Anatomy News and Updates

Anatomy word of the month: Buccinator

The “trumpeter” in Latin. Our cheek muscles, the buccinator, assist the tongue during chewing movements to hold food between our teeth. Otherwise food would accumulate between our cheek and gums making chewing much less efficient and much more frustrating to accomplish.  The buccinator muscles also hold in our cheeks during whistling and forceful blowing through […]

— Bill Dyche

A tale of two tracheas

Reporter and National Public Radio science correspondent Robert Krulwich recently shared a suspenseful and true story about a woman in Barcelona struck by tuberculosis. Rather than have her left lung removed, she agreed to receive a transplanted trachea. The woman, Claudia Castillo, would be a pioneer: She was going to receive a donated trachea that […]

— Barb Boose

Community Ambassador Program – Spring 2012

The Community Ambassador Program (CAP) at Des Moines University offers area students – grade school through college – opportunities to learn about various health and medical topics and issues. Schools and classes that participated in CAP in recent months include the following: Students of Southeast Ankeny Elementary School enjoyed a CAP presentation on January 9, […]

— Linda Jensen

Anatomy word of the month: Decussation

“To make an X” (Latin). A decussation is an intersection of pathways in the form of an X. Most nerve pathways between our brain and spinal cord cross over at some point. This accounts for why each side of our brain (two cerebral hemispheres) has control over the opposite side of our body. In anatomical […]

— Bill Dyche

Anatomy word of the month: Cruciate ligaments

“Cross-shaped” in Latin. In the knee joint are two ligaments that cross over each other, the anterior and posterior cruciate ligaments. These ligaments help stabilize the joint, in particular, to prevent the femur (thigh bone) from slipping too far forward or backward on the tibia (leg bone). The anterior cruciate ligament (ACL) is frequently torn […]

— Bill Dyche

Anatomy word of the month: Phrenic nerve

The phrenic nerves control the diaphragm, our major muscle of respiration (breathing). From the Greek, phrenic means both diaphragm and mind. The ancient Greeks believed that the diaphragm was the seat of our emotions. Sound farfetched? Have you ever “heaved a sigh” of sadness or relief? The same stem is found in schizophrenic and, less […]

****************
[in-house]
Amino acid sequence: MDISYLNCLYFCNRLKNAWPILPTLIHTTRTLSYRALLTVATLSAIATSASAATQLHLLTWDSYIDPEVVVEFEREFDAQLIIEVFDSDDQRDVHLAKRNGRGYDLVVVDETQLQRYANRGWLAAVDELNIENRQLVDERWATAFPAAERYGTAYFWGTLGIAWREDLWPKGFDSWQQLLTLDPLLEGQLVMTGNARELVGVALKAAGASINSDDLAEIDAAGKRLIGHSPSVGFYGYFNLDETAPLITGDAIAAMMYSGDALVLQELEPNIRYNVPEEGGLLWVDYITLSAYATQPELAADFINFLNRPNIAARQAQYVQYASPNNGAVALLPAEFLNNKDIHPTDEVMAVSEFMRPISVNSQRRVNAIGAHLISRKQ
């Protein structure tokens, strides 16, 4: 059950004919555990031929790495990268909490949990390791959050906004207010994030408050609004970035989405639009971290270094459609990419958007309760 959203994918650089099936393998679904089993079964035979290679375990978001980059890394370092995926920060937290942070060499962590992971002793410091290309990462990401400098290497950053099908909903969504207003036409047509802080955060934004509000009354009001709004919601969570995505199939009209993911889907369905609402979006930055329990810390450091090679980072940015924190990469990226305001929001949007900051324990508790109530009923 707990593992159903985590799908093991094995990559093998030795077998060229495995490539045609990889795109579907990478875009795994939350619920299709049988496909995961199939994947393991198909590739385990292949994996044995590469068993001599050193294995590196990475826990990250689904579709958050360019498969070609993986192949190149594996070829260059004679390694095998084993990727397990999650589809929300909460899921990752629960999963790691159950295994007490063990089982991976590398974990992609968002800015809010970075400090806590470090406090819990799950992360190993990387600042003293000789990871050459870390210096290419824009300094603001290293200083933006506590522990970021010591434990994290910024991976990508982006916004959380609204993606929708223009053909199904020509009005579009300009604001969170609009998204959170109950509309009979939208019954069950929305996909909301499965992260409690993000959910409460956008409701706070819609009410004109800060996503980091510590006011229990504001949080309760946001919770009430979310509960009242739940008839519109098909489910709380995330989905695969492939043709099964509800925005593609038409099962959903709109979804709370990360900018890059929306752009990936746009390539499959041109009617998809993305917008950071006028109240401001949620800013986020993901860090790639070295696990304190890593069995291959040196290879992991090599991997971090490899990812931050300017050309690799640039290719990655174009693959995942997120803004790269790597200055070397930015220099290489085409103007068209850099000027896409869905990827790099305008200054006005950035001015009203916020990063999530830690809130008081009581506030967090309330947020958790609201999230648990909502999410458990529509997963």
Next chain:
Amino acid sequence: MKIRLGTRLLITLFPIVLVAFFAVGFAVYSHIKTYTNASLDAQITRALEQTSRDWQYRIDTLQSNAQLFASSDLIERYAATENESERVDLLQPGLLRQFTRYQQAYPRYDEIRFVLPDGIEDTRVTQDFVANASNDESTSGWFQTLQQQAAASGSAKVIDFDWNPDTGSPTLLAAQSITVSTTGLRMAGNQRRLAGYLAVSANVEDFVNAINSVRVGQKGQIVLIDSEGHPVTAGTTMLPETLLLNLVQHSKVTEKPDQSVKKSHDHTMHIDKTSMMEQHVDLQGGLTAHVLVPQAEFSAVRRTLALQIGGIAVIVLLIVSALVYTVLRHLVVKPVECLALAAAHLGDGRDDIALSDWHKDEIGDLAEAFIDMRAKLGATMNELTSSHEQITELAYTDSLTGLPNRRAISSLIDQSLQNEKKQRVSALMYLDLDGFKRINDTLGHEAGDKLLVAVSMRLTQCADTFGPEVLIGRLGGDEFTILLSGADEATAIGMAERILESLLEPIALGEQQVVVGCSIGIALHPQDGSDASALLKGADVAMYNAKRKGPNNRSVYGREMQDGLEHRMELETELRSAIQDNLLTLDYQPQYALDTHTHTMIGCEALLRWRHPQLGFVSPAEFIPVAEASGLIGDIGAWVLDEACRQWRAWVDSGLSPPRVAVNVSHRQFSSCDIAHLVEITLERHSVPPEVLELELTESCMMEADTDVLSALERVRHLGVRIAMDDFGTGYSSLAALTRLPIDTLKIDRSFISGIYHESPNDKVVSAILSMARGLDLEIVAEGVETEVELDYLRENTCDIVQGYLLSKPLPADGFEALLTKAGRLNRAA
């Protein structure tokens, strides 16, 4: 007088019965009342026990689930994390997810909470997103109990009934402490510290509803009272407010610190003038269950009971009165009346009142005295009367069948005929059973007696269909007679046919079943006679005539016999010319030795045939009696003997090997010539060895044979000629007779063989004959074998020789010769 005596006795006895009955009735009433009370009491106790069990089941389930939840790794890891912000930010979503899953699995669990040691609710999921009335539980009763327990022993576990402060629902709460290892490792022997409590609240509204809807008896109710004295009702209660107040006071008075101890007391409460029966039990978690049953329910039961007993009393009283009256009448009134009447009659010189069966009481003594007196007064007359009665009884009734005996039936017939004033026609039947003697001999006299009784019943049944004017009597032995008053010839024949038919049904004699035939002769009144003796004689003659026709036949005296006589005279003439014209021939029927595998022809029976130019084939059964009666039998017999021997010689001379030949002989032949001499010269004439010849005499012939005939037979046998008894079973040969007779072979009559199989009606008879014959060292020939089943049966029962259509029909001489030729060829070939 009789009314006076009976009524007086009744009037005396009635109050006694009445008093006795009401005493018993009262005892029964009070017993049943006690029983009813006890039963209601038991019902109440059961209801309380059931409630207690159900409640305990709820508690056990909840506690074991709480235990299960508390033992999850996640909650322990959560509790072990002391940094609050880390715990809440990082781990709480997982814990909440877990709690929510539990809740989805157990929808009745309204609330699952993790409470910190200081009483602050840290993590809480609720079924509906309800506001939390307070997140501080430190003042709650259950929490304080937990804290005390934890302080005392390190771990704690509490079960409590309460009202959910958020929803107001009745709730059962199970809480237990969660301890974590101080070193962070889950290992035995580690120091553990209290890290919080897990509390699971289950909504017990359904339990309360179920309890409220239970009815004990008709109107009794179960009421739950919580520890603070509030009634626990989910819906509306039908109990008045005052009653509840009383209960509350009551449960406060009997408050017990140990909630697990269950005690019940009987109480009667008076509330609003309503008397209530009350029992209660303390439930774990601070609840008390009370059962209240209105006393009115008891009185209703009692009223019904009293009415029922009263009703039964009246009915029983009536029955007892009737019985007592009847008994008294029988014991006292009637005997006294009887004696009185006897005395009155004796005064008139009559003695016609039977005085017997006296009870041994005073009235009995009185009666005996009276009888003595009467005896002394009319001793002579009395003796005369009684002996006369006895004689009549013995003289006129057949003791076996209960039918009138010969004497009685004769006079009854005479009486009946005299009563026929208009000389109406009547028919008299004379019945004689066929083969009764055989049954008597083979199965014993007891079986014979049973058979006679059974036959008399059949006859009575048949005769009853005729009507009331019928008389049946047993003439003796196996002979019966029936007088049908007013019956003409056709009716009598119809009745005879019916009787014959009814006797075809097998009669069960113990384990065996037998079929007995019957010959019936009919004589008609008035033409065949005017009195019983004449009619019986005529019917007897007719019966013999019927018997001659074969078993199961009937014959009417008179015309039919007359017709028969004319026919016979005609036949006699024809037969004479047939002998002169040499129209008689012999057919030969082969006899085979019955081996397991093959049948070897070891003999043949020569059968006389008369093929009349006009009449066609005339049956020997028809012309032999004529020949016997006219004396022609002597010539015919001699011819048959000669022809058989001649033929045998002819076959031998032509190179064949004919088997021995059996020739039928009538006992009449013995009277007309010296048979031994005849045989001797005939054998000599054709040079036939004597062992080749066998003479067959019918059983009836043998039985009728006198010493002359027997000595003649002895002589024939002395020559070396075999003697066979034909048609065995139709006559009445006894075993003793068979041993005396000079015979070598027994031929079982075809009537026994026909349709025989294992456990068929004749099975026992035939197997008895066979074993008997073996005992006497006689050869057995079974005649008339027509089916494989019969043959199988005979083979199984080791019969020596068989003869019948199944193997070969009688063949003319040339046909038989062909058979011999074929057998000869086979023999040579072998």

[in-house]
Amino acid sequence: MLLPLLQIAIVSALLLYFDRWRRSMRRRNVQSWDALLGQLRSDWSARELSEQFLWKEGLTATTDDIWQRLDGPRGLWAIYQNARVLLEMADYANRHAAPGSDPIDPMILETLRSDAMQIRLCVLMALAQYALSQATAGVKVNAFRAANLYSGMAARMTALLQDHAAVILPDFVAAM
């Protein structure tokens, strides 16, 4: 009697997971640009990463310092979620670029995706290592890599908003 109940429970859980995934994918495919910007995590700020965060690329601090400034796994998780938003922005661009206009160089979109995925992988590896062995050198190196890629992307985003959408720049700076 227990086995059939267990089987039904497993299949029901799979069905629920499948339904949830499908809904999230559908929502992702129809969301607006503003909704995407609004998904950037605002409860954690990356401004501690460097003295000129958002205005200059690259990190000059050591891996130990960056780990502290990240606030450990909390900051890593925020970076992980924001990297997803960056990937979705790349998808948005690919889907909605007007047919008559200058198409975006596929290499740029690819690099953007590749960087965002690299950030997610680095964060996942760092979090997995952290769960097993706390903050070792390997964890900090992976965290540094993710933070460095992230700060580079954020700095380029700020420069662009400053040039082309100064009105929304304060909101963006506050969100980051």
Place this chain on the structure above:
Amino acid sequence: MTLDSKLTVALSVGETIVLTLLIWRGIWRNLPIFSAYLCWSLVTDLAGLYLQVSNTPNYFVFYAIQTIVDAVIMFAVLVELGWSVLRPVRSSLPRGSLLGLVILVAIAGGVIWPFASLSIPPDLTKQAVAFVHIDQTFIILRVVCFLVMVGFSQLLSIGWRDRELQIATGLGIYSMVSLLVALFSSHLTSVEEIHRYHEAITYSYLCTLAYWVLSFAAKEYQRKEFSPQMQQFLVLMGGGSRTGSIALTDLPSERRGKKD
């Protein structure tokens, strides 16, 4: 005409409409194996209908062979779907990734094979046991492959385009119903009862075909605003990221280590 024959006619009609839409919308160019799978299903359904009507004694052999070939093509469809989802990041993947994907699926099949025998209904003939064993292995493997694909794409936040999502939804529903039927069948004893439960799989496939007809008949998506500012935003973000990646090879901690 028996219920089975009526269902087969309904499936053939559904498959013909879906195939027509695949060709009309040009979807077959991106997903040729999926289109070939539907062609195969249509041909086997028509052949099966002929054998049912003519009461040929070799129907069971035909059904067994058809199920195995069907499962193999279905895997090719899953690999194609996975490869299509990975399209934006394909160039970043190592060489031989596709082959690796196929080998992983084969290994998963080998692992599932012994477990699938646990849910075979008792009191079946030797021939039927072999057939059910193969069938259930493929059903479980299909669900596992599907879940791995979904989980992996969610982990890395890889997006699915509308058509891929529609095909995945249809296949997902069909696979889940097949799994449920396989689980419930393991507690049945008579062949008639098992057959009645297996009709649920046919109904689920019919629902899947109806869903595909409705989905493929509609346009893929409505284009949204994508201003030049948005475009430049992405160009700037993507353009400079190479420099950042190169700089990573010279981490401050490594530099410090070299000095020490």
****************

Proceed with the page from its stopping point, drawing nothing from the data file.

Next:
— Bill Dyche

Anatomy word of the month: Vagus

Vagus means “wandering” in Latin. This aptly named nerve (there are a pair of them) meanders from our brainstem, down the sides of our neck giving branches to our palate, larynx and pharynx, through our chest cavity providing branches to the heart and lungs, and into our abdominal cavity providing branches to most of our […]

— Bill Dyche

Anatomy word of the month: gluteus maximus

The most feared of all the Roman emperors? Not really! The gluteus maximus (Latin- largest of the buttock) is the muscle mass making up most of the buttocks. Contrary to popular opinion, we do not sit on these muscles, because they move aside laterally as we sit. Actually, we sit on our pelvic bones protected with […]

— Bill Dyche

Learn how elite athletes maximize performance

Want to learn how the cardiovascular system works during exercise and how it responds to exercise training? Want to explore the unique “features” that allow elite athletes to attain world-class performance? Then mark your calendar for tomorrow night’s Cafe Scientifique at the Science Center of Iowa: Julia Moffitt, Ph.D., associate professor in DMU’s department of […]

— Barb Boose

Anatomy word of the month: duodenum

“Twelve each” in Latin. The duodenum is the first section of the small intestine attached to the outlet of the stomach, the pylorus. Early anatomists measured it as approximately twelve fingers’ breadths long. Duodecim is the number 12 in Latin. Take the Latin number, pass it through old French dozaine into modern English, and you have “dozen”!

— Bill Dyche

Anatomy word of the month: atlas

The atlas is the first, or top, vertebra of our bony spinal column supporting the “globe” of the head.  In Greek mythology, Atlas was one of the early gods, called the Titans.  Atlas warred against Zeus, King of the Olympian gods, and lost.  For his punishment, Atlas was condemned to bear the weight of the world and heavens […]

— Bill Dyche

Happy birthday to A.T. Still!

Today marks A.T. Still’s 182nd birthday. He is known as the father of osteopathic medicine. Osteopathy is a whole body approach to health that recognizes the integral role in wellbeing played by the musculoskeletal system. We are very proud to be the second oldest osteopathic medical schools in the United States. Learn more about what […]

— Courtney Tompkins

Anatomy word of the month: coronary

The coronary arteries encircle the heart “like a crown” which is its literal meaning in Latin.  The coronaries supply blood to the heart muscle itself.  Blockage of a branch of a coronary artery causes a “heart attack” in layman’s language.  The same root meaning is found in coronation and coroner.  The latter word originally referred to an official appointed […]

— Bill Dyche

Anatomy word of the month: gallbladder

Gall is an Anglo-Saxon word for bile.  The gallbladder stores bile from the liver.  Bile is released into the duodenum, the first part of the small intestine, when triggered by a fatty meal.  Bile is from the Latin word for the secretion which also means “anger”.  Chole is the Greek word for bile (and wrath) found in medical […]

— Bill Dyche